At some point we’ve been reprimanded by our parents or teachers about having poor posture. We’ve heard about its importance, though we don’t really care to know why, until we experience problems like back pains. With technology in our hands we become more inclined to sit all day, not caring the repercussions it can potentially bring in our health and lives in general.
As we become more used to of just parking ourselves with our eyes glued to the screen, we eventually develop poor posture without us even noticing. Before we know it the bad posture becomes our normal one, and it’s now hard to fix it and regain our regular bearing.
But how important is good posture, really? Essentially, aside from making us look dignified, good posture’s importance goes beyond appearance and impression. Sustaining good posture means you’re also supporting the essential placement in your neck and back.
This also means you can keep your spine straight and healthy. Studies have shown that good posture not only makes you look poised, professional, and healthy, it can also help you have more energy, less stress, and prevent exhaustion from wearing you down.
The bottom line is good posture is vital if you want to maintain your physical fitness and it is also a sign that your health is secured. Having poor posture is not only bad for your spine in the present; it can also generate negative consequences in the long run.
Here are the ways poor posture negatively affects your health:
It affects the spinal curve
When you habitually sit or stand with bad posture, one of the negative effects this can bring out is a change in your spinal curve. Naturally, your spine has a certain curve to its shape. But with poor posture, you’re placing your spine under a significant amount of pressure since you’re putting your spin in a position that’s not normal. Such alterations in the spinal curve cannot only produce long-term pain and distress, it can also stop your spine from being able to naturally assimilate shock and sustain appropriate balance.
It’s bad for digestion
Multiple researches have shown that sitting all day long with poor posture can negatively affect your digestive organs. This is because poor posture squeezes your digestive organs, which makes them less capable of functioning normally. This can obviously derail the digestive process and negatively affect your metabolism. In the long run, your digestive organs being condensed due to your poor posture can severely damage your body’s capacity to consume and process food. If you don’t address your posture issue properly, you may find yourself struggling with serious metabolic problems later in life.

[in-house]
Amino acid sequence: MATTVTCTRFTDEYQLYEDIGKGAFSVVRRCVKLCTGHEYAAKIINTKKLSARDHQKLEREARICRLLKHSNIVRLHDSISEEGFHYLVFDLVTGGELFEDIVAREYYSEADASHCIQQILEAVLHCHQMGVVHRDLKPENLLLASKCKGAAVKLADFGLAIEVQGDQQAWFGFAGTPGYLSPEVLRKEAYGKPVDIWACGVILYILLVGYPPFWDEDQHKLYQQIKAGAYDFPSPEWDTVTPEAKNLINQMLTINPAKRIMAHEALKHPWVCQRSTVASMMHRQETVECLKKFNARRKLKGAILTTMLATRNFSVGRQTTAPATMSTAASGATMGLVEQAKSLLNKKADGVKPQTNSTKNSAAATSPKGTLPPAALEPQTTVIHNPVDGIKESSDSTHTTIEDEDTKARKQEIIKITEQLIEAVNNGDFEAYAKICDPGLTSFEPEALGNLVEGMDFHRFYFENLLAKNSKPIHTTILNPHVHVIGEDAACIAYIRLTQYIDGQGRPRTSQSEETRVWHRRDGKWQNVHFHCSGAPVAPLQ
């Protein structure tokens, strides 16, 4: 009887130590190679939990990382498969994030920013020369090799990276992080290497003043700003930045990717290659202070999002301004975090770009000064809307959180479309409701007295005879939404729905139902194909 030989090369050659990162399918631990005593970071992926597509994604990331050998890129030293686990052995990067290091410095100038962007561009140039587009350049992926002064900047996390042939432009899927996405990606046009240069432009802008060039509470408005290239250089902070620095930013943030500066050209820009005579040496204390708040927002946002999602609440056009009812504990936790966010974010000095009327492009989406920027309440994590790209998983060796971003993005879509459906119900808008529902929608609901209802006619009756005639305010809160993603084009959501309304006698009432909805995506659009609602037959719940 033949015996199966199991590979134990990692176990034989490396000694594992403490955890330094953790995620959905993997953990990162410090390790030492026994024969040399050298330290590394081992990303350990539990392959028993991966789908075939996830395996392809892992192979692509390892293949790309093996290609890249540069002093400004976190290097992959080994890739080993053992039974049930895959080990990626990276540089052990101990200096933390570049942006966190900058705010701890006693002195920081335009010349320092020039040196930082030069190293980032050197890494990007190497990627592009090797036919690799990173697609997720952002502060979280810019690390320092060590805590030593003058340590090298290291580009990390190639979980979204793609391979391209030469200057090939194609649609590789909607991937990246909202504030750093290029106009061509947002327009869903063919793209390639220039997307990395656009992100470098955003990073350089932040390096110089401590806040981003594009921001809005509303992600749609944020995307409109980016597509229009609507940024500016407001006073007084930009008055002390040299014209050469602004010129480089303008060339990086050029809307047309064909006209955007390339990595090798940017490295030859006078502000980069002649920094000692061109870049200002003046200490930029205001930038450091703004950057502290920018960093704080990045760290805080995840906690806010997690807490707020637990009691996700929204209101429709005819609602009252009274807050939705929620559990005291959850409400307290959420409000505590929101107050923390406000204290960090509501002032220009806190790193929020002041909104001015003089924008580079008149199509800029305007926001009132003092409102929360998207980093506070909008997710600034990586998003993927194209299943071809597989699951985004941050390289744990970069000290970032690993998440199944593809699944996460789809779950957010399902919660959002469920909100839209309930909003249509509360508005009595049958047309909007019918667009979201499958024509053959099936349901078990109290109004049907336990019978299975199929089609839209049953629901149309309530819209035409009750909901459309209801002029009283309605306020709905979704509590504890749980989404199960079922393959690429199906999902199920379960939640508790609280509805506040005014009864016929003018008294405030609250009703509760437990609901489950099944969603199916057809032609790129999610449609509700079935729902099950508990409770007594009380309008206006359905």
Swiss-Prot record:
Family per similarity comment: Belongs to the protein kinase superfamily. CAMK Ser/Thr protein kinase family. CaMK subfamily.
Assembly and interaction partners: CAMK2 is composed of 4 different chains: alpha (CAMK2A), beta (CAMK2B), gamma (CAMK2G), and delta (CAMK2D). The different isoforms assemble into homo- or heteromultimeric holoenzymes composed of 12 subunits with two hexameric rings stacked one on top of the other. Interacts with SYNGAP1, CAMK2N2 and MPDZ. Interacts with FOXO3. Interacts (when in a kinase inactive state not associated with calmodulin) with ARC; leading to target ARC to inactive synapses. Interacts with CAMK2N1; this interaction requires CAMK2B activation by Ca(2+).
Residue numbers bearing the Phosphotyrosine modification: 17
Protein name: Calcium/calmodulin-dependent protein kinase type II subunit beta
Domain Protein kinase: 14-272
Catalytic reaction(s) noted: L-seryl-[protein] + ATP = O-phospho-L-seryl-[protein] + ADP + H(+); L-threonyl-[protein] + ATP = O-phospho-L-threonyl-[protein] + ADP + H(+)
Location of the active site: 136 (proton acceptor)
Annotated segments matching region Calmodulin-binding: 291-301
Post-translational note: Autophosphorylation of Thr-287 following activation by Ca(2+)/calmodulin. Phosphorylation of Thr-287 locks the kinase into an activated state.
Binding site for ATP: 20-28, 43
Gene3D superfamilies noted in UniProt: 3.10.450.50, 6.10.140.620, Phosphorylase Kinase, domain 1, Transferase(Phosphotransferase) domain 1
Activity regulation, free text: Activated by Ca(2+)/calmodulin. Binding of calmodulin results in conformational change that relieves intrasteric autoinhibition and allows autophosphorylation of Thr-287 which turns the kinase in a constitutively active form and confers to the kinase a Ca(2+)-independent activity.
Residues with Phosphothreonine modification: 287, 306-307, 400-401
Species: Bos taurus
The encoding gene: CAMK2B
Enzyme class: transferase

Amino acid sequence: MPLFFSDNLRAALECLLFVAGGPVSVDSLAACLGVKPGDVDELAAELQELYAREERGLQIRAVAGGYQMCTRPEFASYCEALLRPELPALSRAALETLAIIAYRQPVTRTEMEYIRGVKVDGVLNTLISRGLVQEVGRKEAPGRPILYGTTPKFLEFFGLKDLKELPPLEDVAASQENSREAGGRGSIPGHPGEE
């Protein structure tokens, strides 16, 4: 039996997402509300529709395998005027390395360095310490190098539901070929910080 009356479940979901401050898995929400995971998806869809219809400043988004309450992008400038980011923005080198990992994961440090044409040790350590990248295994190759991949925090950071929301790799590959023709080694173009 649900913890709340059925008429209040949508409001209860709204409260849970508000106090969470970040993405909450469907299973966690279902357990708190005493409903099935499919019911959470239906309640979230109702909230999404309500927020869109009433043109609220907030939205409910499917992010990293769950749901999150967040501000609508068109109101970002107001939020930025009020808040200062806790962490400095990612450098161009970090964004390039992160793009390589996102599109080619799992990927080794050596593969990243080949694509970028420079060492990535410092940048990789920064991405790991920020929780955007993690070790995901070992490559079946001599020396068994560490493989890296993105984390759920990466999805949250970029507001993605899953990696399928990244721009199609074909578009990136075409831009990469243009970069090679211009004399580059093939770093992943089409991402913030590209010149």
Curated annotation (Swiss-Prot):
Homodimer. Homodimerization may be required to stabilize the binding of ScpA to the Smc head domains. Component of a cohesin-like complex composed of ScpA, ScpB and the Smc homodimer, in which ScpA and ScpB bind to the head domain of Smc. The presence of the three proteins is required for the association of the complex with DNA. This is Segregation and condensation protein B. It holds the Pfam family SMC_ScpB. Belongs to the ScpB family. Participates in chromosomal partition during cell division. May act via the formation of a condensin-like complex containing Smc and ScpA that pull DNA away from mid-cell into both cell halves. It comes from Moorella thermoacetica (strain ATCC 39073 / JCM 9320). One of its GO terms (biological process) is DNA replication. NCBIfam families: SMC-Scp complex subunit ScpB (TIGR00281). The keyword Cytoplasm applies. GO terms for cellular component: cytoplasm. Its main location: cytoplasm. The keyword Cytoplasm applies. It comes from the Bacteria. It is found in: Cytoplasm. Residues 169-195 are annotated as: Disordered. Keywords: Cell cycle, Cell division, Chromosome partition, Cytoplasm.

Your risk of cardiovascular problems increases
According to studies, people who sit all day with poor posture have a heightened likelihood of forming cardiovascular problems. Since this condition is life-threatening, it can be concluded that poor posture can somehow shorten one’s life expectancy. Another study even found that people who sit most of the time in their daily lives also encountered a 147 percent increase in forming a cardiovascular disease.
More varicose veins
By sitting all day with poor posture, you’re stopping your body from receiving the essential circulation it requires to function normally. This can ultimately generate to the development of varicose veins, which happens more typically in women.
It brings back pain
Chronic back pain and disc degeneration – these are just two of the problems that can arise if you spend a significant amount of time sitting with poor posture. Several people who keep on sitting with bad posture suffer from back pain often with no idea as to why they’re having back problems. The truth is that these problems are often rooted from posture issues courtesy of the additional stress that’s taken a toll on the spine.
In general, poor posture does not only affect how you look. It brings out health issues that can turn severe if not addressed properly. To avoid developing the problems stated above, put more efforts in taking the time to get up and move during the day. You have a lot of reasons to get up, you just have to actually do it. By being more active, you’re saving yourself from poor posture and the medical risks it will entail in the future.
When you’re sitting, do so properly with your shoulders back and your spine straight. For regular alterations, see a chiropractor to help you resolve your posture issues. If you take the time to undergo these things, you will not only improve your posture, you can also avoid facing serious health risks that’ll come later in life.